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1.
J Evid Based Integr Med ; 26: 2515690X211020685, 2021.
Article in English | MEDLINE | ID: covidwho-1691167

ABSTRACT

The retrospective cohort study aimed to evaluate the clinical outcomes of Ayurveda treatment exposure as an add-on to conventional care in early stage COVID-19 patients admitted at Samaras COVID care center, Ahmedabad, India. Conventional care included Vitamin-c, Azithromycin, and Paracetamol. Ayurveda formulations used as add-on were Dashamula and Pathyadi decoctions along with Trikatu powder, Sanshamani tablet, AYUSH-64 tablet AND Yastimadhu Ghana tablet for oral administration. Considering Add-on Ayurveda medicines as exposure of interest, patients who received Add-on Ayurveda medicines at least for 7 days were included in the exposed group while those who received only conventional care in unexposed group. Data was collected through record review and telephonic interviews. The outcomes of interest were the development of symptoms, duration of symptomatic phase in those progressing to symptomatic stage and mortality. Total 762 participants were included-[541 (71%) in the exposed group and 221 (29%) in the unexposed. Progression to symptomatic phase did not differ significantly between groups [27.6% in exposed, 24.6% in unexposed, adjusted RR 0.85; 95% CI 0.6-1.2]. The total duration of symptomatic phase among those progressing to the symptomatic stage was significantly decreased in the exposed group (x¯ = 3.66 ± 1.55 days in exposed (n = 133); x¯ = 5.34 ± 3.35 days in unexposed (n = 61), p < 0.001). No mortality was observed in either of the groups. Ayurveda Treatment as adjunctive to conventional care reduced the duration of symptomatic phase in early stage COVID-19 as compared to standalone conventional care. Add-on Ayurveda treatment has promising potential for management of early stage COVID-19.


Subject(s)
Acetaminophen/therapeutic use , COVID-19 , Medicine, Ayurvedic/methods , Plant Extracts/therapeutic use , Plant Preparations/therapeutic use , Antipyretics/therapeutic use , Antiviral Agents/therapeutic use , COVID-19/diagnosis , COVID-19/drug therapy , COVID-19/epidemiology , Complementary Therapies/methods , Drug Therapy, Combination/methods , Female , Hospitalization/statistics & numerical data , Humans , India/epidemiology , Male , Middle Aged , Patient Acuity , Retrospective Studies , SARS-CoV-2/isolation & purification , Treatment Outcome
2.
PLoS One ; 16(6): e0248479, 2021.
Article in English | MEDLINE | ID: covidwho-1266543

ABSTRACT

The Coronavirus disease (COVID-19) caused by the virus SARS-CoV-2 has become a global pandemic in a very short time span. Currently, there is no specific treatment or vaccine to counter this highly contagious disease. There is an urgent need to find a specific cure for the disease and global efforts are directed at developing SARS-CoV-2 specific antivirals and immunomodulators. Ayurvedic Rasayana therapy has been traditionally used in India for its immunomodulatory and adaptogenic effects, and more recently has been included as therapeutic adjuvant for several maladies. Amongst several others, Withania somnifera (Ashwagandha), Tinospora cordifolia (Guduchi) and Asparagus racemosus (Shatavari) play an important role in Rasayana therapy. The objective of this study was to explore the immunomodulatory and anti SARS-CoV2 potential of phytoconstituents from Ashwagandha, Guduchi and Shatavari using network pharmacology and docking. The plant extracts were prepared as per ayurvedic procedures and a total of 31 phytoconstituents were identified using UHPLC-PDA and mass spectrometry studies. To assess the immunomodulatory potential of these phytoconstituents an in-silico network pharmacology model was constructed. The model predicts that the phytoconstituents possess the potential to modulate several targets in immune pathways potentially providing a protective role. To explore if these phytoconstituents also possess antiviral activity, docking was performed with the Spike protein, Main Protease and RNA dependent RNA polymerase of the virus. Interestingly, several phytoconstituents are predicted to possess good affinity for the three targets, suggesting their application for the termination of viral life cycle. Further, predictive tools indicate that there would not be adverse herb-drug pharmacokinetic-pharmacodynamic interactions with concomitantly administered drug therapy. We thus make a compelling case to evaluate the potential of these Rasayana botanicals as therapeutic adjuvants in the management of COVID-19 following rigorous experimental validation.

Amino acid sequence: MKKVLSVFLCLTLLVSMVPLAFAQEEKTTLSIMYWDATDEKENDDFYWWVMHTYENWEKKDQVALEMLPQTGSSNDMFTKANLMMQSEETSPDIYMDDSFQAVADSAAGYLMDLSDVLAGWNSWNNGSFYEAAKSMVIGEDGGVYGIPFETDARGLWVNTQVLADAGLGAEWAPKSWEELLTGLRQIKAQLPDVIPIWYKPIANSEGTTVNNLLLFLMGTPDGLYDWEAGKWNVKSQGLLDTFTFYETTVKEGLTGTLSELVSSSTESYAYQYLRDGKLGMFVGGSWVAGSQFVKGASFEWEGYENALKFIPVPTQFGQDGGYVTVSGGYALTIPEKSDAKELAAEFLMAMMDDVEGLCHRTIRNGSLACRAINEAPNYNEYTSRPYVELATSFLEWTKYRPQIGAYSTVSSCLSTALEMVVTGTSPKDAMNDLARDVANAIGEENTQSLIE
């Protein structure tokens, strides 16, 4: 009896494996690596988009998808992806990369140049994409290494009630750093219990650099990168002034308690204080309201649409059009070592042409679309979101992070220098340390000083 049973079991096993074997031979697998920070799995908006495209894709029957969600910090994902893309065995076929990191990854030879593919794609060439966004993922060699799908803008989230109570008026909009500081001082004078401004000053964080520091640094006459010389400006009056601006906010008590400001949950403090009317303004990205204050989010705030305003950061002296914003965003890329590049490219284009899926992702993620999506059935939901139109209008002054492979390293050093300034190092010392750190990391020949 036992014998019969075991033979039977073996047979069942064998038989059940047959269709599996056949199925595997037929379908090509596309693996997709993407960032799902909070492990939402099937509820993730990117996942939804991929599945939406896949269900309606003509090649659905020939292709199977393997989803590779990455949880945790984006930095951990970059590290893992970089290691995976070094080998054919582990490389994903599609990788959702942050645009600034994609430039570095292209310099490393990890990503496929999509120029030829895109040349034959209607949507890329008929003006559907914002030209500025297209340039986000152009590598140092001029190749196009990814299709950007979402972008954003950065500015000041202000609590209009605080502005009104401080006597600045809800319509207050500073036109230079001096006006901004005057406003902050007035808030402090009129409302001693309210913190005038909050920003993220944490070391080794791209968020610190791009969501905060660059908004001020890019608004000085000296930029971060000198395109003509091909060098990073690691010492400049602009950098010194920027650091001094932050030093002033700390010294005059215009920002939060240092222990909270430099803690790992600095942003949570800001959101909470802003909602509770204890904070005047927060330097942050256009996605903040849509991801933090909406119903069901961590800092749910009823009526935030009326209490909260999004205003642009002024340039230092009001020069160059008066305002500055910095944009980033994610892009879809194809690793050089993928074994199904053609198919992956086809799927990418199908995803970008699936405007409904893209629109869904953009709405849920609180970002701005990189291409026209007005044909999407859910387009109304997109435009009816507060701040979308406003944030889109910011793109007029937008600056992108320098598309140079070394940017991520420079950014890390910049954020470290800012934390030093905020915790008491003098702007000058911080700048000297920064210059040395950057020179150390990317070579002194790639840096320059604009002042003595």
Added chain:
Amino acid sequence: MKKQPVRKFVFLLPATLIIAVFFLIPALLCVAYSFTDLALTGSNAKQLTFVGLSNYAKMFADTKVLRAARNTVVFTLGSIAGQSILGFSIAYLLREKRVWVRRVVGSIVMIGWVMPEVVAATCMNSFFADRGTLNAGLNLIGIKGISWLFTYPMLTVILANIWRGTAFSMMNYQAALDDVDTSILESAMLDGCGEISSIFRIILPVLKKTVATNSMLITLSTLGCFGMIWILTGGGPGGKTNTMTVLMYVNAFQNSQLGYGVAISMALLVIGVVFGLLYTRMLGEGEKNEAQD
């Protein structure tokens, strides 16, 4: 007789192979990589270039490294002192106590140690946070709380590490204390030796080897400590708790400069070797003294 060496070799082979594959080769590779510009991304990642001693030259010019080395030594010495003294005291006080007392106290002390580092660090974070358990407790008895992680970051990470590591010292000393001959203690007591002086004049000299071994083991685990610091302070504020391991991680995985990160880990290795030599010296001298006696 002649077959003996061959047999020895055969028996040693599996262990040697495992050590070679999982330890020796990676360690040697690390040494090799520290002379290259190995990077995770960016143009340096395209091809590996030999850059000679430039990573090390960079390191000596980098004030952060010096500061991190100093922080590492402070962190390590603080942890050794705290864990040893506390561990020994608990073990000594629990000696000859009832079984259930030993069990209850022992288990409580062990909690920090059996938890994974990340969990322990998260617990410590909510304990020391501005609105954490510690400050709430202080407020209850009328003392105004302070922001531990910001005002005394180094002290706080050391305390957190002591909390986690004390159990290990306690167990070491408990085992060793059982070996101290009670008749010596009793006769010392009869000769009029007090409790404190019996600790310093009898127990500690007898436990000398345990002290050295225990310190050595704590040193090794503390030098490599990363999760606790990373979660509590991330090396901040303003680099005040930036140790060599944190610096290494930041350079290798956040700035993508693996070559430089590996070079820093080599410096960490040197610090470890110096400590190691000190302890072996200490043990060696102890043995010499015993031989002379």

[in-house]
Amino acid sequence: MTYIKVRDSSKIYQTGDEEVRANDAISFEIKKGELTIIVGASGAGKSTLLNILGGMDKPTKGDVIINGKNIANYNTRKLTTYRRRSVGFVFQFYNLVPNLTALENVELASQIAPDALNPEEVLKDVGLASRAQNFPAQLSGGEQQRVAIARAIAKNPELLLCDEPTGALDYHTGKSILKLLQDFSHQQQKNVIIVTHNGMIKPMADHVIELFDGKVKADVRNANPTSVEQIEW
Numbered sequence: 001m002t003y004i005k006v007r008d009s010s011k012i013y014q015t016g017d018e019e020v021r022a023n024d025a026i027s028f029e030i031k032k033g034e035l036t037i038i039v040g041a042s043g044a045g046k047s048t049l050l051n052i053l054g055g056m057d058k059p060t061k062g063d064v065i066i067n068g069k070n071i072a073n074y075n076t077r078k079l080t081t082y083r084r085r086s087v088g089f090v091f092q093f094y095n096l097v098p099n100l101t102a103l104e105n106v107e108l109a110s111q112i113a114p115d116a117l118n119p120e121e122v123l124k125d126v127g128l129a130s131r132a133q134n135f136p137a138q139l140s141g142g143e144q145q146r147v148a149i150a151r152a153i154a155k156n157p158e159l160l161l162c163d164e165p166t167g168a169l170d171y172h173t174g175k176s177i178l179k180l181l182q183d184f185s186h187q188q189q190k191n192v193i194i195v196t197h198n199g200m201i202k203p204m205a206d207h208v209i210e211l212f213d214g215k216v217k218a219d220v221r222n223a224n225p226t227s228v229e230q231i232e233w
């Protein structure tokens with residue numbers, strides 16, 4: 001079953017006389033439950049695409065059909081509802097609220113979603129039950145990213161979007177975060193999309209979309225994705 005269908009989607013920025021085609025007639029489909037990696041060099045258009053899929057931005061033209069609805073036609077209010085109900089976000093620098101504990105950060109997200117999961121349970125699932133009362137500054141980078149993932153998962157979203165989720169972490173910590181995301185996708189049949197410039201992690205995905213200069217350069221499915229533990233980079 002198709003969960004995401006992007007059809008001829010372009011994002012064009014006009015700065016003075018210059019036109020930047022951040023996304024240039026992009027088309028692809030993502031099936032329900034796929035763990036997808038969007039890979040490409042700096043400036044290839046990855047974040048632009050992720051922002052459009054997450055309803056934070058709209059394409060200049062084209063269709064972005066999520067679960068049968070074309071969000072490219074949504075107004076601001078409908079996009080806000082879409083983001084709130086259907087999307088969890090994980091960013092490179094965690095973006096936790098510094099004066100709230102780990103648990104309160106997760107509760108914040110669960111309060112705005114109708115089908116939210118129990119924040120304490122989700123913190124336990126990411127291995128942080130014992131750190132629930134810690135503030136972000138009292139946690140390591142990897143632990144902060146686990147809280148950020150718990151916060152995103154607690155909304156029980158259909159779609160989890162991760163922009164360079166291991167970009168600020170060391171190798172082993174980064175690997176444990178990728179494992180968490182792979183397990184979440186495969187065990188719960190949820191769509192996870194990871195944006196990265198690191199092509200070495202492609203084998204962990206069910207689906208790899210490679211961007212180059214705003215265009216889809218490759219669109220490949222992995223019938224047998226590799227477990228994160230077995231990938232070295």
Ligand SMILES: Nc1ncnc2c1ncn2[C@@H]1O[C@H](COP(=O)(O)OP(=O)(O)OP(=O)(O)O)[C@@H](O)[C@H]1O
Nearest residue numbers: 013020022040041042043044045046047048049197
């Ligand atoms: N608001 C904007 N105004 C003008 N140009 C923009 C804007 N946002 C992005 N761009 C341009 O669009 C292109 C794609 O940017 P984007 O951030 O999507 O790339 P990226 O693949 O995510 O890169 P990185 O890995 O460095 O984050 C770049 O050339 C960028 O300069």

Subject(s)
Antiviral Agents/metabolism , Asparagus Plant/chemistry , COVID-19/metabolism , Immunologic Factors/metabolism , Molecular Docking Simulation/methods , Plant Extracts/metabolism , SARS-CoV-2/enzymology , Tinospora/chemistry , Withania/chemistry , Antiviral Agents/pharmacokinetics , Binding Sites , COVID-19/drug therapy , COVID-19/virology , Coronavirus 3C Proteases/metabolism , Coronavirus RNA-Dependent RNA Polymerase/metabolism , Herb-Drug Interactions , Humans , Immunologic Factors/pharmacokinetics , India , Medicine, Ayurvedic/methods , Phytotherapy/methods , Plant Extracts/pharmacokinetics , Protein Binding , Spike Glycoprotein, Coronavirus/metabolism
3.
J Med Case Rep ; 15(1): 95, 2021 Feb 24.
Article in English | MEDLINE | ID: covidwho-1102350

ABSTRACT